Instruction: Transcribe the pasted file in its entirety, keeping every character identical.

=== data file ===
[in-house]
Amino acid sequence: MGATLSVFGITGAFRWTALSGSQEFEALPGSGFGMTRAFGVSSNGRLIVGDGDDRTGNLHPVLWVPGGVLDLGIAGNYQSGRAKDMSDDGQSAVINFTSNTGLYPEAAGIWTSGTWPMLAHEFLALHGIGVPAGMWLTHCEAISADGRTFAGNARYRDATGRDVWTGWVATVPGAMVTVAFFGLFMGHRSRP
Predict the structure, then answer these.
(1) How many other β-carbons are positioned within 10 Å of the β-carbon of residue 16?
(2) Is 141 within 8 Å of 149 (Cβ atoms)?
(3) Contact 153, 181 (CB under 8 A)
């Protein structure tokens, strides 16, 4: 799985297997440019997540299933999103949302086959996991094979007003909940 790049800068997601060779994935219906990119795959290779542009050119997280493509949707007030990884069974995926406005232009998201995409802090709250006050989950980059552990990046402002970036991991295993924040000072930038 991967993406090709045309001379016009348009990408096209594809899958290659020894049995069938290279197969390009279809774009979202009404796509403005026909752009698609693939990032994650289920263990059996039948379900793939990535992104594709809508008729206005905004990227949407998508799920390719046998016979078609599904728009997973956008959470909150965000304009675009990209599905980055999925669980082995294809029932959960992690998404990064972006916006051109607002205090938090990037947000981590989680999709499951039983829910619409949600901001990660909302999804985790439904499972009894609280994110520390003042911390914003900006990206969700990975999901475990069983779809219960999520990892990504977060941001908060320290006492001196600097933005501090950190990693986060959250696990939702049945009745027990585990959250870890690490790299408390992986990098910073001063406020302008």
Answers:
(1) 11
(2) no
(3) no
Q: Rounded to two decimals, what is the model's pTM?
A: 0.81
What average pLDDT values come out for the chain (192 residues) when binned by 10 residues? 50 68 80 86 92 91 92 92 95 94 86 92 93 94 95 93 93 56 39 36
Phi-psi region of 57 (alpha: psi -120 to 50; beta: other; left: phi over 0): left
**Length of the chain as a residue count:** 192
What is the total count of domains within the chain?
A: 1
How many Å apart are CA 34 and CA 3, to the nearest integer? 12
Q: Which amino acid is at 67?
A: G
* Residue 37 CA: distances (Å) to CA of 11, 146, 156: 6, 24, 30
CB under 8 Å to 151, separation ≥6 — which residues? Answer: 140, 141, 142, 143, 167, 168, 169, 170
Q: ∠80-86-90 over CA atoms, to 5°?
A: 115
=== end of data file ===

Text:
[in-house]
Amino acid sequence: MGATLSVFGITGAFRWTALSGSQEFEALPGSGFGMTRAFGVSSNGRLIVGDGDDRTGNLHPVLWVPGGVLDLGIAGNYQSGRAKDMSDDGQSAVINFTSNTGLYPEAAGIWTSGTWPMLAHEFLALHGIGVPAGMWLTHCEAISADGRTFAGNARYRDATGRDVWTGWVATVPGAMVTVAFFGLFMGHRSRP
Predict the structure, then answer these.
(1) How many other β-carbons are positioned within 10 Å of the β-carbon of residue 16?
(2) Is 141 within 8 Å of 149 (Cβ atoms)?
(3) Contact 153, 181 (CB under 8 A)
């Protein structure tokens, strides 16, 4: 799985297997440019997540299933999103949302086959996991094979007003909940 790049800068997601060779994935219906990119795959290779542009050119997280493509949707007030990884069974995926406005232009998201995409802090709250006050989950980059552990990046402002970036991991295993924040000072930038 991967993406090709045309001379016009348009990408096209594809899958290659020894049995069938290279197969390009279809774009979202009404796509403005026909752009698609693939990032994650289920263990059996039948379900793939990535992104594709809508008729206005905004990227949407998508799920390719046998016979078609599904728009997973956008959470909150965000304009675009990209599905980055999925669980082995294809029932959960992690998404990064972006916006051109607002205090938090990037947000981590989680999709499951039983829910619409949600901001990660909302999804985790439904499972009894609280994110520390003042911390914003900006990206969700990975999901475990069983779809219960999520990892990504977060941001908060320290006492001196600097933005501090950190990693986060959250696990939702049945009745027990585990959250870890690490790299408390992986990098910073001063406020302008």
Answers:
(1) 11
(2) no
(3) no
Q: Rounded to two decimals, what is the model's pTM?
A: 0.81
What average pLDDT values come out for the chain (192 residues) when binned by 10 residues? 50 68 80 86 92 91 92 92 95 94 86 92 93 94 95 93 93 56 39 36
Phi-psi region of 57 (alpha: psi -120 to 50; beta: other; left: phi over 0): left
**Length of the chain as a residue count:** 192
What is the total count of domains within the chain?
A: 1
How many Å apart are CA 34 and CA 3, to the nearest integer? 12
Q: Which amino acid is at 67?
A: G
* Residue 37 CA: distances (Å) to CA of 11, 146, 156: 6, 24, 30
CB under 8 Å to 151, separation ≥6 — which residues? Answer: 140, 141, 142, 143, 167, 168, 169, 170
Q: ∠80-86-90 over CA atoms, to 5°?
A: 115